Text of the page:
Young Science Communicator Winner

I am pleased to announce that I have won the 'open' category for Young Science Communicator of 2018 with NRF-SAASTA! My entry below, named "Finding fish", illustrates our environmental DNA research through cartoon! This exciting work is being carried out in the von der Heyden lab at Stellenbosch University, South Africa, in collaboration with the Molecular Ecology …

Exciting new tool for marine conservation: environmental DNA

Fish and other aquatic animals shed DNA into the surrounding water. This means that seawater is filled with the DNA of the animals living there, and this is known as environmental DNA (eDNA). Scientists have used environmental DNA to study a range of animals, from earlier eDNA studies in 2008 (e.g. on the invasive American Bullfrog), …

Celebrating #worldelephantday

It's world elephant day today, and I've just returned from Tsavo East national park, Kenya. This park is home to the largest group of elephants in Kenya, with over 12,500 individuals, representing around one third of all elephants in the country. It was breathtaking to see these animals. We saw them at the watering hole, …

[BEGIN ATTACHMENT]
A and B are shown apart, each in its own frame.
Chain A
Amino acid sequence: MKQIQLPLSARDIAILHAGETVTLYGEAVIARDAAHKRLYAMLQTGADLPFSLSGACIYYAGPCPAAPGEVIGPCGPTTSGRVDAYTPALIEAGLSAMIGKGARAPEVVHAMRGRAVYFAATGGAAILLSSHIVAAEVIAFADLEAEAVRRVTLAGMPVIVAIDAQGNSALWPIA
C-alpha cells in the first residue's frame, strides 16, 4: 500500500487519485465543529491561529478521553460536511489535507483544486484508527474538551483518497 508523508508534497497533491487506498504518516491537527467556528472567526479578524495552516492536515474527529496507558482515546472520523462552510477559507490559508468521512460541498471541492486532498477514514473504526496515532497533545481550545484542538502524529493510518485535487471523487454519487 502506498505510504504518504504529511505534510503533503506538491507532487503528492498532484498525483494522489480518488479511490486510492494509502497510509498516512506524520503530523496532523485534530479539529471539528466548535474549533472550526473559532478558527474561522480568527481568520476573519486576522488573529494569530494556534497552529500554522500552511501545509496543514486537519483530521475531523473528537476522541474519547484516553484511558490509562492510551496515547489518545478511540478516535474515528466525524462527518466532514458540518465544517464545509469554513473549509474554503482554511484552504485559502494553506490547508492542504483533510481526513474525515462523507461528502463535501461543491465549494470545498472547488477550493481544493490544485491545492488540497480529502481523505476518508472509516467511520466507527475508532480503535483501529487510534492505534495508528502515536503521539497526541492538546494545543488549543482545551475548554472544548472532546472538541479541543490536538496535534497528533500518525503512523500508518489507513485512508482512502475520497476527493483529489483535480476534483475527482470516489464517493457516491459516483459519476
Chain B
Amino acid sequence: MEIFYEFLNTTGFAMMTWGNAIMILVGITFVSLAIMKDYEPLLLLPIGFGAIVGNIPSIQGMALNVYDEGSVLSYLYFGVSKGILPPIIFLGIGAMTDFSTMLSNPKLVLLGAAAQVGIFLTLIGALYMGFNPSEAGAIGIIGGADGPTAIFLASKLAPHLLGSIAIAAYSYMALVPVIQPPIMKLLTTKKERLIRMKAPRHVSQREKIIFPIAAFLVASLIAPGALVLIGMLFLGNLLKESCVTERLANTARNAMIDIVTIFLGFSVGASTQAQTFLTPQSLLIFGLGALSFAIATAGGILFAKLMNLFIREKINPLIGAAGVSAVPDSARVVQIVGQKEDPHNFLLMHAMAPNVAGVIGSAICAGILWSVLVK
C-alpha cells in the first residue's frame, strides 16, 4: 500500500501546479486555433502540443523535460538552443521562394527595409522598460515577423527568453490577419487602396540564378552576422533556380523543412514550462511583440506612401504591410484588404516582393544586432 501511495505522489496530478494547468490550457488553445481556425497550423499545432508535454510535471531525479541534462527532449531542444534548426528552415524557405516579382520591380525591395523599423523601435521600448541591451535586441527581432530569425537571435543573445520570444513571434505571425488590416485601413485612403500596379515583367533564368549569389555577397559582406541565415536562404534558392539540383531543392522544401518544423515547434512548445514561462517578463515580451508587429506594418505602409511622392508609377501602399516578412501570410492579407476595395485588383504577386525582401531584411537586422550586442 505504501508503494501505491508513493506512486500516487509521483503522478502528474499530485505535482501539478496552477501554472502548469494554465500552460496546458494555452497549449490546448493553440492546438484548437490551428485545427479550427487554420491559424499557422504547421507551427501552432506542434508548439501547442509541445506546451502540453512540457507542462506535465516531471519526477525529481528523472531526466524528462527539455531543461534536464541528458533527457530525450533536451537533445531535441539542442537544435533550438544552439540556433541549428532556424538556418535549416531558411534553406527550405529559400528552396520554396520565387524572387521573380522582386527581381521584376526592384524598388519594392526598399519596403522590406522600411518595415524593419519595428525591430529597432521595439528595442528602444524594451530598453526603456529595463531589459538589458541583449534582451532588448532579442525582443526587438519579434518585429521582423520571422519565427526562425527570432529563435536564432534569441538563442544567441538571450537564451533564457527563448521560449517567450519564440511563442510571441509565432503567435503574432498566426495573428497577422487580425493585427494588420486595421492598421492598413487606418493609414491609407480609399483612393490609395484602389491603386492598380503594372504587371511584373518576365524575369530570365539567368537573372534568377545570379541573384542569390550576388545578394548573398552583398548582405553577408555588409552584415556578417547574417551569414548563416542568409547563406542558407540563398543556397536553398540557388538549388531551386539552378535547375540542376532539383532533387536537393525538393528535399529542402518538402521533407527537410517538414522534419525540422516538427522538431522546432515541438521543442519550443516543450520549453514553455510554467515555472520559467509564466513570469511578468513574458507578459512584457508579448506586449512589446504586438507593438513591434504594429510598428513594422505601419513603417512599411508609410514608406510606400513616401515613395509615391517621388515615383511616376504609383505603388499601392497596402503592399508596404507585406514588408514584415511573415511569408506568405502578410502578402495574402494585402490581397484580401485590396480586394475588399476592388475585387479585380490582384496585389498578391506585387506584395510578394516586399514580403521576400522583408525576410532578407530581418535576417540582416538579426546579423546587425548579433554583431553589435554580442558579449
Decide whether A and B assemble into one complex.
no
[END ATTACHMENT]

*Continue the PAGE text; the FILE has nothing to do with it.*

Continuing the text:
Shimba hills nature reserve

It was an early morning to begin our safari day, and I always enjoy watching the moon fade as the sky goes from starry black to blue. The stars here are incredibly bright and in the daytime the sky is so, so blue that I could stare up there all day and night. We arrived …

WIO Mangrove Training

Today the two week course in Western Indian Ocean (WIO) mangroves started! We have had some fascinating talks already about mangrove distribution and services, threats to mangroves and then the general biology, ecology and phenology of mangroves. Somebody mentioned evolution of mangrove trees... I'm excited to read up on this later because there are visible …

Monkey take over

Much to my excitement, our dinner hut was full of monkeys when we came back for lunch! They scarpered as soon as we walked in (unfortunately... as I was in awe!). They were climbing all over the surrounding trees and roofs, and stared at us whilst we ate! It looks like the black-faced vervet monkey …